At least 26 people have died and dozens are missing after a cyclone sank a barge off the western coast of India.
The number of people unaccounted for is between 49 and 65, according to various reports.
The Indian Navy declared Barge P305 sunk off Mumbai after it was caught up in high wind speeds of 95-111mph, caused by Cyclone Tauktae - the most powerful storm to hit the region in more than two decades.
Some estimates put the top wind speed at up to 130mph when it came ashore on Monday, leaving more than 50 people dead in Gujarat and Maharashtra states.
A survivor from Barge P305, Amit Kumar Kushwaha, told ANI news agency: "I jumped into the sea with a life jacket after our vessel began sinking, I was in the water for almost 11 hours and was rescued by the navy."
Another man, speaking through tears, said: "I got injured when the barge was hit by wave after wave and was thrown into the sea. I am alive only because the navy came otherwise all of us would have died."
Captain Sachin Sequeira, the commanding officer of the Indian warship INS Kochi said: "We got distress signals from Barge P305, which is approximately 35-40 miles off the Mumbai coast.
"Our ship sailed under very difficult circumstances."
He said 184 people had been recovered, with aircrafts, helicopters, and six naval ships continuing the operation to search for those still missing.
"We are still looking out for personnel in the areas. We should all be optimistic," he said.
The conditions have improved, largely it has calmed down. Hopefully the worst is behind us."
Cyclone Tauktae barrelled through India's western coast and there has been severe damage to power lines, homes, roads and buildings in the states of Kerala, Karnataka, Maharashtra and Gujarat.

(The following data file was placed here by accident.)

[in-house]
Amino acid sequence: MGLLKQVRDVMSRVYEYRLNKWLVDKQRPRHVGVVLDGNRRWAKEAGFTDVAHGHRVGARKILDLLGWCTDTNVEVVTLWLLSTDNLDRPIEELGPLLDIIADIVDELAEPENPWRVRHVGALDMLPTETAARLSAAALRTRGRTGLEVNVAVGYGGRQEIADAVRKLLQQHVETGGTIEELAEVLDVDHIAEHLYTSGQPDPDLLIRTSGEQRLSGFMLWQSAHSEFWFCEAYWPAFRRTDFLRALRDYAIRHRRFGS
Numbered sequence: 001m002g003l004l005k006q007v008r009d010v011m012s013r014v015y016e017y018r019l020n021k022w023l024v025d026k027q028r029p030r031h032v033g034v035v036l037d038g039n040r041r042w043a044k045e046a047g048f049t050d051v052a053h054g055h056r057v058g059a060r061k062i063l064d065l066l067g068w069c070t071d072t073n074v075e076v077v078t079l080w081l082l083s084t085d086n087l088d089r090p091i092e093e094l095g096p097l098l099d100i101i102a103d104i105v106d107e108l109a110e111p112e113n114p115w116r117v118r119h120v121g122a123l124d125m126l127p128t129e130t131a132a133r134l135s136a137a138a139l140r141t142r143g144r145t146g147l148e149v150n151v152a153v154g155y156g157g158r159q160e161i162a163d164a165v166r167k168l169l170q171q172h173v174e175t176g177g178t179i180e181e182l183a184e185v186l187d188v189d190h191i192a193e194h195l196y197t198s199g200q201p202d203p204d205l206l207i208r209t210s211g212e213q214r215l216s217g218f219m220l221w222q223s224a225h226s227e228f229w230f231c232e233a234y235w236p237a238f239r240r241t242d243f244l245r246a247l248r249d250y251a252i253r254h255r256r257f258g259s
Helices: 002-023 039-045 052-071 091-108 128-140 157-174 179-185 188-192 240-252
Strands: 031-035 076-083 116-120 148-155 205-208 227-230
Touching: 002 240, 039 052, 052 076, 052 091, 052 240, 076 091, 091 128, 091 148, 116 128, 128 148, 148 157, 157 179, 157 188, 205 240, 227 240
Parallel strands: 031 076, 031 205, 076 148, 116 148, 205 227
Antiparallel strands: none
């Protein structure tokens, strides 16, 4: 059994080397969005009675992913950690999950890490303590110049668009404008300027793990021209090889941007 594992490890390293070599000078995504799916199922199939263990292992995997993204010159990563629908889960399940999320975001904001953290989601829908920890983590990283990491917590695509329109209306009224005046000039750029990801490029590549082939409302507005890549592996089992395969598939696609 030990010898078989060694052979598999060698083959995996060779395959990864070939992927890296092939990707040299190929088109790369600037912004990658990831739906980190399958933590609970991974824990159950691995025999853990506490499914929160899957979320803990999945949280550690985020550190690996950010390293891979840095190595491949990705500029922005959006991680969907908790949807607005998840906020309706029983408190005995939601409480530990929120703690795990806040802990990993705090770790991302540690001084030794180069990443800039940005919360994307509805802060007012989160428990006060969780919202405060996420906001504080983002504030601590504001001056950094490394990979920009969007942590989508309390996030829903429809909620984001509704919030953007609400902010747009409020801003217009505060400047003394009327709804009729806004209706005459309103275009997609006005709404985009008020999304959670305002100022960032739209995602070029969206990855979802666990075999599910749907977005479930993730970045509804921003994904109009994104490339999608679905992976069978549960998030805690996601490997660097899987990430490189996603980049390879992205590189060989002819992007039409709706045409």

Most of its journey was off the coast and when it hit land in the state of Gujarat, it had weakened from an "extremely severe" to a "severe" cyclone.
The Indian Metrological Department said the storm further weakened into a depression on Wednesday morning and is now centred over south Rajasthan.
In what is one of the biggest offshore rescue operations by the Indian coastguards and navy, 637 persons have been brought to safety.
Beyond the barge, an oil rig, four vessels and freight ships have become caught up in the storm since Monday.
The Indian navy has said 101 workers of the Sagar Bhushan oil rig, 137 men of Gal Constructor, and 202 men on Barge SS03 that was adrift and was towed in, are all safe.
Speaking about the challenging conditions at sea, Captain Sachin Sequeira said: "We had waves about nine to 10 metres (29-32ft) in height.
"Those sort of waves, for even a ship like mine, will almost cover my entire ship.
"In maritime terms we call this sea state eight or nine, which are gale force winds. These are very high speed winds which make manoeuvring a ship and keeping it up, steady and safe very difficult and challenging.
"These are difficult conditions for us to operate as it endangers not only those out at sea but also my crew."
Questions are being raised why the men were not brought back before Cyclone Tauktae struck the region.
An official release by Oil & Natural Gas Corporation (ONGC) for whom most of the men worked, said: "ONGC is taking all possible measures in coordination with the Offshore Defence Advisory Group and the Maritime Rescue Coordination Centre to ensure safety of personnel and vessels."
Prime Minister Narendra Modi is visiting Gujrat and Diu assess the damage caused by the cyclone.